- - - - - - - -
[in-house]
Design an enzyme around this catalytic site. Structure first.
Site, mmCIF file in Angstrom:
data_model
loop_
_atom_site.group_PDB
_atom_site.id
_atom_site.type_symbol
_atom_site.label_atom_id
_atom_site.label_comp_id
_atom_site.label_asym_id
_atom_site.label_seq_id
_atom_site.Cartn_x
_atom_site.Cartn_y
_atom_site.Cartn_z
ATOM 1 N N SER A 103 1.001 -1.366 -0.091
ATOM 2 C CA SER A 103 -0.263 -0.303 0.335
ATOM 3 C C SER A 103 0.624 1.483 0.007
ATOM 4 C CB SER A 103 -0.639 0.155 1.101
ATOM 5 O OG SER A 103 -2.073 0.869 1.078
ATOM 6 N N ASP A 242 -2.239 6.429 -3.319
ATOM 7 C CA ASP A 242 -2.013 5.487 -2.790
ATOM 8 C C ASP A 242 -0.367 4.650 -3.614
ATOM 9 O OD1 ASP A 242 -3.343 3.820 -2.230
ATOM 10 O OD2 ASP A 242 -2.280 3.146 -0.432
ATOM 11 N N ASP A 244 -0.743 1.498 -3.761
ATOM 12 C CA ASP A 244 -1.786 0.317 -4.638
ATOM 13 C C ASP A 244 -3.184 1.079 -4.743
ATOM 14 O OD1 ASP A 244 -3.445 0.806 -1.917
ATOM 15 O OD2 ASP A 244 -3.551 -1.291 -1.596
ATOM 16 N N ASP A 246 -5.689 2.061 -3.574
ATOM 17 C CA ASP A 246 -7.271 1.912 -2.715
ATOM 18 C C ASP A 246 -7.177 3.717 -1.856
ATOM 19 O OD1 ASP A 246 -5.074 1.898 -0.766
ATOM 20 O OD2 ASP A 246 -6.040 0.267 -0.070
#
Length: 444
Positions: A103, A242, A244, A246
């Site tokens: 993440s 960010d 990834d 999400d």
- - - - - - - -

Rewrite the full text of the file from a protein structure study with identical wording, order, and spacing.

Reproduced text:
[in-house]
Design an enzyme around this catalytic site. Structure first.
Site, mmCIF file in Angstrom:
data_model
loop_
_atom_site.group_PDB
_atom_site.id
_atom_site.type_symbol
_atom_site.label_atom_id
_atom_site.label_comp_id
_atom_site.label_asym_id
_atom_site.label_seq_id
_atom_site.Cartn_x
_atom_site.Cartn_y
_atom_site.Cartn_z
ATOM 1 N N SER A 103 1.001 -1.366 -0.091
ATOM 2 C CA SER A 103 -0.263 -0.303 0.335
ATOM 3 C C SER A 103 0.624 1.483 0.007
ATOM 4 C CB SER A 103 -0.639 0.155 1.101
ATOM 5 O OG SER A 103 -2.073 0.869 1.078
ATOM 6 N N ASP A 242 -2.239 6.429 -3.319
ATOM 7 C CA ASP A 242 -2.013 5.487 -2.790
ATOM 8 C C ASP A 242 -0.367 4.650 -3.614
ATOM 9 O OD1 ASP A 242 -3.343 3.820 -2.230
ATOM 10 O OD2 ASP A 242 -2.280 3.146 -0.432
ATOM 11 N N ASP A 244 -0.743 1.498 -3.761
ATOM 12 C CA ASP A 244 -1.786 0.317 -4.638
ATOM 13 C C ASP A 244 -3.184 1.079 -4.743
ATOM 14 O OD1 ASP A 244 -3.445 0.806 -1.917
ATOM 15 O OD2 ASP A 244 -3.551 -1.291 -1.596
ATOM 16 N N ASP A 246 -5.689 2.061 -3.574
ATOM 17 C CA ASP A 246 -7.271 1.912 -2.715
ATOM 18 C C ASP A 246 -7.177 3.717 -1.856
ATOM 19 O OD1 ASP A 246 -5.074 1.898 -0.766
ATOM 20 O OD2 ASP A 246 -6.040 0.267 -0.070
#
Length: 444
Positions: A103, A242, A244, A246
């Site tokens: 993440s 960010d 990834d 999400d």